Tag Archives: 2017 East Pacific hurricane season

2017 ATLANTIC HURRICANE SEASON IS 43% DONE!

On this Saturday 19 August we are eleven weeks and two days into the 2017 Atlantic Hurricane Season, which means the ‘official’ Atlantic season is now 43.4% complete. Technically this means we have fourteen weeks and five days left in the season, unless Mother Nature decides to do something different.

More important than how much time is left for the official 2017 Atlantic hurricane season to be over, is the fact that we are approaching what historically  has been the peak of the Atlantic season, the first half of September.

Projected track for Tropical Storm HARVEY, the 8th named tropical cyclone of the 2017 Atlantic hurricane season, projected track (courtesy of the U.S. Naval Research Lab)

The Atlantic has been busy with tropical cyclones so far in 2017, with eight named storms so far; Tropical Storm HARVEY, now in the east-central Caribbean and moving in the general direction of Belize and the Yucatan, is the 8th named tropical cyclone in 2017 in the Atlantic basin.

GOES East infrared satellite image (NOAA) of 08/19/2017 showing tropical storm HARVEY in the Caribbean and several tropical waves following behind all the way to the coast of equatorial Africa

In what could be a possible sign of things to come during the approaching peak of the season, there are several tropical waves and areas of disturbed weather following behind HARVEY to the northeast of Puerto Rico and along ‘hurricane alley’ all the way to the eastern Atlantic waters off the coast of equatorial Africa south of the Cape Verde Islands, which could be seeds for potential cyclogenesis in the basin. A possible contributing factor to such potential cyclonic activity could be the rather warm surface waters along ‘Hurricane Alley’, in the Caribbean and the Gulf and other areas of the Atlantic basin.

Image of 08/18/2017 showing rather warm surface waters of the Atlantic, which are reaching 30 Celsius in some areas, mainly along ‘Hurricane Alley’, in the Caribbean and near Florida and the Bahamas, which are an important contributing factor to potential cyclonic activity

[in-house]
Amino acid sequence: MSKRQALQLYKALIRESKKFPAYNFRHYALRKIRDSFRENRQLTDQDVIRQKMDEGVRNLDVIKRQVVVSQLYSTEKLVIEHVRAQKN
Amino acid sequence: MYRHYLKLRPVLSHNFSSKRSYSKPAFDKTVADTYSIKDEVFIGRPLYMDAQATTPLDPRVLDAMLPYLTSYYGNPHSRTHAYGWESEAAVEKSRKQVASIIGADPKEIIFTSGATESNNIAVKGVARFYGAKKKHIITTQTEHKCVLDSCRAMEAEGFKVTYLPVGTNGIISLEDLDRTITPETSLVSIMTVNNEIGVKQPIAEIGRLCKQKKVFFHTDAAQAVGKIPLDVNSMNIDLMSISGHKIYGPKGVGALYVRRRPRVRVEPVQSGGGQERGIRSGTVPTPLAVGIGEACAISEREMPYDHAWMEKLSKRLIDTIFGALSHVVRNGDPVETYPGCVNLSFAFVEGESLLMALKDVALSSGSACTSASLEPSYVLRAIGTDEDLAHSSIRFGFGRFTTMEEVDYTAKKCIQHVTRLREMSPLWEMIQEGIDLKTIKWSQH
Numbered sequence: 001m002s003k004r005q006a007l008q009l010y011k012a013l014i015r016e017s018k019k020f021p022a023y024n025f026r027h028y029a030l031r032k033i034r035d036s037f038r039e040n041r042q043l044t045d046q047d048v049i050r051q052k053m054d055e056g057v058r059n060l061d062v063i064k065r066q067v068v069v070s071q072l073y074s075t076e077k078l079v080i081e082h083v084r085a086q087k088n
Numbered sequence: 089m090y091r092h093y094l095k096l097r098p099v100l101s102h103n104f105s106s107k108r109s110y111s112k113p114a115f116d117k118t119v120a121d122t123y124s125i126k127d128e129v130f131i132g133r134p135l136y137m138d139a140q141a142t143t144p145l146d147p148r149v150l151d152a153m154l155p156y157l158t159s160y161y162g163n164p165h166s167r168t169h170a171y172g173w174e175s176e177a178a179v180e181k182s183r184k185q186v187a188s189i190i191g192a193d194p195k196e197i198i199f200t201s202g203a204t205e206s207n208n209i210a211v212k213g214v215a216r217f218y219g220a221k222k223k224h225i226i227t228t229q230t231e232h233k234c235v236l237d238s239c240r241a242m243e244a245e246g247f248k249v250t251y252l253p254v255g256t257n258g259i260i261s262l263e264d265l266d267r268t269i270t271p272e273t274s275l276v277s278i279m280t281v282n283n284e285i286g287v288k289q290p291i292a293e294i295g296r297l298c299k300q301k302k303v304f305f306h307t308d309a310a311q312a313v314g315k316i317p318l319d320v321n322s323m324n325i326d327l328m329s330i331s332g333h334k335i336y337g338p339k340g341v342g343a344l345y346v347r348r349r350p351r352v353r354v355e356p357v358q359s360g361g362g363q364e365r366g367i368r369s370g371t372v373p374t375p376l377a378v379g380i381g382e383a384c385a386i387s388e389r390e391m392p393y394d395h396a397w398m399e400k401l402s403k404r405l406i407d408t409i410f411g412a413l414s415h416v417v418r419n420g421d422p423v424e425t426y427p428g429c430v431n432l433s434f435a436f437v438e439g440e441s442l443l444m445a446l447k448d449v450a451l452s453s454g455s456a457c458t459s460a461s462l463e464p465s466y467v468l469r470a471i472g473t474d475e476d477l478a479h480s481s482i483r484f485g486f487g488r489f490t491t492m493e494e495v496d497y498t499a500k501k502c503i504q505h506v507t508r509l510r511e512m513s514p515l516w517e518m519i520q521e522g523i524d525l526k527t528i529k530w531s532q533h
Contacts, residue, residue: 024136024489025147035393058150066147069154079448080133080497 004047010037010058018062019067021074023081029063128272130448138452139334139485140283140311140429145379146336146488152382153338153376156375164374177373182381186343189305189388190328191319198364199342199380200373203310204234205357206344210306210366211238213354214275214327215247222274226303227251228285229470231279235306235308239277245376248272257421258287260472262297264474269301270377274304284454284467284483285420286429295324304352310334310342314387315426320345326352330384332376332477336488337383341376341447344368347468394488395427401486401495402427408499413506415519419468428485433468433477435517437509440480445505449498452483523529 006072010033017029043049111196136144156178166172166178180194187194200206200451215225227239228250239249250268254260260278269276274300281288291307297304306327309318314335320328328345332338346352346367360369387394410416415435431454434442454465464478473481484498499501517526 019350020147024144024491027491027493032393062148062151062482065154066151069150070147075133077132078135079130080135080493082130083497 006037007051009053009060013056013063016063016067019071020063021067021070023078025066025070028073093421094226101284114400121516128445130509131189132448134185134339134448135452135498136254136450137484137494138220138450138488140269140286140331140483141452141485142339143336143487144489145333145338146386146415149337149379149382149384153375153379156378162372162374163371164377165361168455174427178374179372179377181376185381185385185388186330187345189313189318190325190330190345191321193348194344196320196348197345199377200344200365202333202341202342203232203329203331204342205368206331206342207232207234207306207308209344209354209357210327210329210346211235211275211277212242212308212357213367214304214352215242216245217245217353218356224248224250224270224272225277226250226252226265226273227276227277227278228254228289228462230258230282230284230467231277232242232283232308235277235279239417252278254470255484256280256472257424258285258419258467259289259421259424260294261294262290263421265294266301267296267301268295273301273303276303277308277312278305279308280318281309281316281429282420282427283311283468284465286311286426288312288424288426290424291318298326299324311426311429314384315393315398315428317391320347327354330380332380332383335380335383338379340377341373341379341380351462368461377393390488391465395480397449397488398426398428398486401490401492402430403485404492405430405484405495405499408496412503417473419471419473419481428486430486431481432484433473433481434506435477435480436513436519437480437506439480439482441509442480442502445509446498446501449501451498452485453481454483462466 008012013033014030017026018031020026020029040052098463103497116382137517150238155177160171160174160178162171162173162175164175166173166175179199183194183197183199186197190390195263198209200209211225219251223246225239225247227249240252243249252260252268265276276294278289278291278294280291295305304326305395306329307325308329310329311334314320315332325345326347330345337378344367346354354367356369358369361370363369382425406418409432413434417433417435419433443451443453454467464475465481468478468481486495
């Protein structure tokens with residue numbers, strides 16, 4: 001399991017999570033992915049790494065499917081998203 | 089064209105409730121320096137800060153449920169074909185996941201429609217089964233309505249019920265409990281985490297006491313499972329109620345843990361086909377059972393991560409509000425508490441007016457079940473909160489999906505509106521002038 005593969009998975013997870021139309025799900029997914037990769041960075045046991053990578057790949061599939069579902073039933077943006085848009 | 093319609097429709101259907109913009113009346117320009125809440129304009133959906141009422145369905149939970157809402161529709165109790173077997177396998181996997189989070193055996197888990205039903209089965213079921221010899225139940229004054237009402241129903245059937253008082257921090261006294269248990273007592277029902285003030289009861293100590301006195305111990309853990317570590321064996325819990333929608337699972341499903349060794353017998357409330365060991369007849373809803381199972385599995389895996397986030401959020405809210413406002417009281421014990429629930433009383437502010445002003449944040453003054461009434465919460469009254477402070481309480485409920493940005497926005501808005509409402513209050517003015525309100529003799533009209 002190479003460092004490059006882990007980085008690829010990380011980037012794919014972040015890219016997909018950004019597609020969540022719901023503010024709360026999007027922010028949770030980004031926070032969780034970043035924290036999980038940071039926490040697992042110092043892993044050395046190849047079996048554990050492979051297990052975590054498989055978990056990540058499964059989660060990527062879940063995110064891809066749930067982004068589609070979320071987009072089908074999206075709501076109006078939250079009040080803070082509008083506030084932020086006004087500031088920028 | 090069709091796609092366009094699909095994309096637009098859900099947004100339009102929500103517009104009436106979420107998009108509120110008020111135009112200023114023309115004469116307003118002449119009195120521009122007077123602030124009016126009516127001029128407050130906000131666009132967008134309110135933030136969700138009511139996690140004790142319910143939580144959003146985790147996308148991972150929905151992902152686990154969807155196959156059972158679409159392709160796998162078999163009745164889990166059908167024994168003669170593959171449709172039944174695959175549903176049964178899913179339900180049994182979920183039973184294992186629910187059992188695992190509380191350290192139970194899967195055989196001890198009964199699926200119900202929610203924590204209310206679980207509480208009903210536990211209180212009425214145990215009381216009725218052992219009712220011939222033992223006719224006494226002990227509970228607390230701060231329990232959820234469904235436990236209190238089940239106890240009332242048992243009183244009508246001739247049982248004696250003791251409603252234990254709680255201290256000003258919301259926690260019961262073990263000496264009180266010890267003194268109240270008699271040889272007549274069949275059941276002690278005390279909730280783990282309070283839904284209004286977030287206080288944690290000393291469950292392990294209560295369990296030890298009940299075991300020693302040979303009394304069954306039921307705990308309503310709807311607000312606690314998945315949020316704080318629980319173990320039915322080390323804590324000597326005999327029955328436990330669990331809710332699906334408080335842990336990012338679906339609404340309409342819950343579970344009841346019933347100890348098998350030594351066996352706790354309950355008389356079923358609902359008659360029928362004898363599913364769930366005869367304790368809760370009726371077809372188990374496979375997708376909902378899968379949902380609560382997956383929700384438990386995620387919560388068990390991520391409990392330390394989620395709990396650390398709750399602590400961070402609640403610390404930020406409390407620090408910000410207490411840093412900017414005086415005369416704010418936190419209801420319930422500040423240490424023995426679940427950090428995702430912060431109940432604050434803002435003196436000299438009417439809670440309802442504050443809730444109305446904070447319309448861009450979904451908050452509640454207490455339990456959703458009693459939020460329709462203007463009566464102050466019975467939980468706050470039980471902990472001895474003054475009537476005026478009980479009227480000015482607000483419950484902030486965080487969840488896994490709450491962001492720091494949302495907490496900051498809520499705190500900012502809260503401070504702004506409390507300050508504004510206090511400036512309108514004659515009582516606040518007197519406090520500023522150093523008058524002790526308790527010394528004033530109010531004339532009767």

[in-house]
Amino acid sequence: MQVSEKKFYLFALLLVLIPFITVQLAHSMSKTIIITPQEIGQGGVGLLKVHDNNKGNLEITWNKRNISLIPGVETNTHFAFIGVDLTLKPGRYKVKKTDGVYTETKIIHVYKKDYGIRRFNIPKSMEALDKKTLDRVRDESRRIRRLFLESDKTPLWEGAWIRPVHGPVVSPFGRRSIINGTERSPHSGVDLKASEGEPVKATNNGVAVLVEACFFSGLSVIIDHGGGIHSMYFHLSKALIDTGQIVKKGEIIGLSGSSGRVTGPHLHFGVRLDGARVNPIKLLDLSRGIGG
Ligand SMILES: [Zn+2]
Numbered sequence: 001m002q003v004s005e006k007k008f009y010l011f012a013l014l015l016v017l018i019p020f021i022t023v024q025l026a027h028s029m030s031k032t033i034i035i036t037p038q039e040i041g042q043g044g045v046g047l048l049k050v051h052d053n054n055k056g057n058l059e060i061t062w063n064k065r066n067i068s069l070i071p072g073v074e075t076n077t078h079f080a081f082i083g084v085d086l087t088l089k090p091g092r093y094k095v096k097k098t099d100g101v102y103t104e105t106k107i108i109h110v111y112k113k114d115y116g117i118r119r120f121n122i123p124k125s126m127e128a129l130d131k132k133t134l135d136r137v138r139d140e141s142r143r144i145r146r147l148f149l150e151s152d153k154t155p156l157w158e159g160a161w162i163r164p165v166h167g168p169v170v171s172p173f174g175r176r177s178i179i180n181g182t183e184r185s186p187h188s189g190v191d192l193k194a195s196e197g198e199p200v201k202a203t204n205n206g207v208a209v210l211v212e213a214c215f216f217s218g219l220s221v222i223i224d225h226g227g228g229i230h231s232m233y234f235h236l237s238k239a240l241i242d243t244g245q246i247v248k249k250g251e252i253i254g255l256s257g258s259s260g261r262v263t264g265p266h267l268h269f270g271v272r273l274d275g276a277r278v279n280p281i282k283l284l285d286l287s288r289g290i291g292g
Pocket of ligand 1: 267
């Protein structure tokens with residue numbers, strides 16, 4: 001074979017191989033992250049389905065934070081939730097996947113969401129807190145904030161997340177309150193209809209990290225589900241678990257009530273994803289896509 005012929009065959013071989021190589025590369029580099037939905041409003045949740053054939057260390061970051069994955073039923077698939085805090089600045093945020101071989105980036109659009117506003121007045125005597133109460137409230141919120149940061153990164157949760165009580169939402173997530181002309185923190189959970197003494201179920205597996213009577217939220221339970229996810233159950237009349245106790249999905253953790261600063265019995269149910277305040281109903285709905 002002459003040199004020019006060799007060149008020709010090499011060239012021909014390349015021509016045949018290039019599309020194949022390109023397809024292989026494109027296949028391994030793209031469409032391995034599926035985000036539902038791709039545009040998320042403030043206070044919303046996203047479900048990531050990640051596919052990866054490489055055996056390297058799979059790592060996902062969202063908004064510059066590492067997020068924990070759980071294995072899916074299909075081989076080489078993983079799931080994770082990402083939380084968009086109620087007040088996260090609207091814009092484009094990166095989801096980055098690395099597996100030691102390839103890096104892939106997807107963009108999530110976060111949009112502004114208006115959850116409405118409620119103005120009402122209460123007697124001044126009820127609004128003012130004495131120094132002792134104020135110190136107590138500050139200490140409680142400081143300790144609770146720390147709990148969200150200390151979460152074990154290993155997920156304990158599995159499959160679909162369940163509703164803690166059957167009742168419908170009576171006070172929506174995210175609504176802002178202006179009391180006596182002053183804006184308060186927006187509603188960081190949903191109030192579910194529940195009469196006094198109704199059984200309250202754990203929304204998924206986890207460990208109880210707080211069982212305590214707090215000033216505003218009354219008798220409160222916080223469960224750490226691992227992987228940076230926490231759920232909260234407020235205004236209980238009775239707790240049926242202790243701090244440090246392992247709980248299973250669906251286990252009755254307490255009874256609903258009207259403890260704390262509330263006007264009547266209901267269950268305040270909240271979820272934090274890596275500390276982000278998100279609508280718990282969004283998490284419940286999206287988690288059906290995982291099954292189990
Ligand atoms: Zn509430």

On the other side of the continent, over the eastern waters of the north Pacific, the 2017 hurricane season that officially started on 15 May has also been a busy one so far, with eleven named tropical cyclones in 13 weeks. The latest tropical cyclone there is Tropical Storm KENNETH now moving NNW and away from land.

GOES West infrared image (NOAA) of 19 August 2017 showing Tropical Storm KENNETH moving away from land over tye eastern north Pacific off the coast of Mexico

All interest affected by cyclonic activity generated in the Atlantic basin and in the eastern north Pacific sub-basin must pay attention. Get ready. Be prepared. Remain alert. MITIGATE!

25 July 2017: Six tropical cyclones active in the Pacific

A burst of cyclonic activity at two extremes over the vastness of the Pacific ocean in recent days has generated the six named tropical cyclones we see this Tuesday 25 July 2017!

Infrared GOES satellite image of 25 July 2017 showing Hurricanes HILARY and IRWIN, and Tropical Storm GREG off the Pacific coast of Mexico

Tropical Storm GREG, a strengthening and about to become major Hurricane HILARY, and an also strengthening Hurricane IRWIN are active, and moving away from land, off the Pacific coast of Mexico over the northern East Pacific. This makes it a total of nine named tropical cyclones  in the course of ten weeks in this quite active sub-basin for cyclogenesis.

Infrared satellite image (NOAA) of 25 July 2017 showing Typhoon NORU, Tropical Storm SONCA, Tropical depression KULAP, and a possible tropical cyclone from Tropical Wave 99W moving toward the Philippines

Also on this day, more than 12,000  kilometers to the west, over the northwest Pacific, we see a strengthening Typhoon NORU and a decaying Tropical Depression KULAP to the west of Japan, a strong tropical wave designated as ‘Invest 99W’ by NOAA approaching the Philippines, and some 3.000 kilometers farther to the west Tropical Storm SONCA making landfall in Vietnam.

Quite a spectacle indeed, six named tropical cyclones and a possible seventh, all simultaneously active over the northern Pacific Ocean.

Closer to our neck-of-the-woods here in Florida, and the Gulf and Atlantic coastal regions the tropics are somewhat calm. There have been one off-season named tropical cyclone, ARLENE, in April, and three named storms since the ‘official’ start of the 2017 Atlantic Hurricane Season, including short-lived Tropical Storm DON, which perished over the southeastern Caribbean just last week.

So, busy there, relatively quiet here, however we should keep in mind this is the time of the year when the northern tropics get busy with cyclonic activity. Get ready! Be prepared! MITIGATE!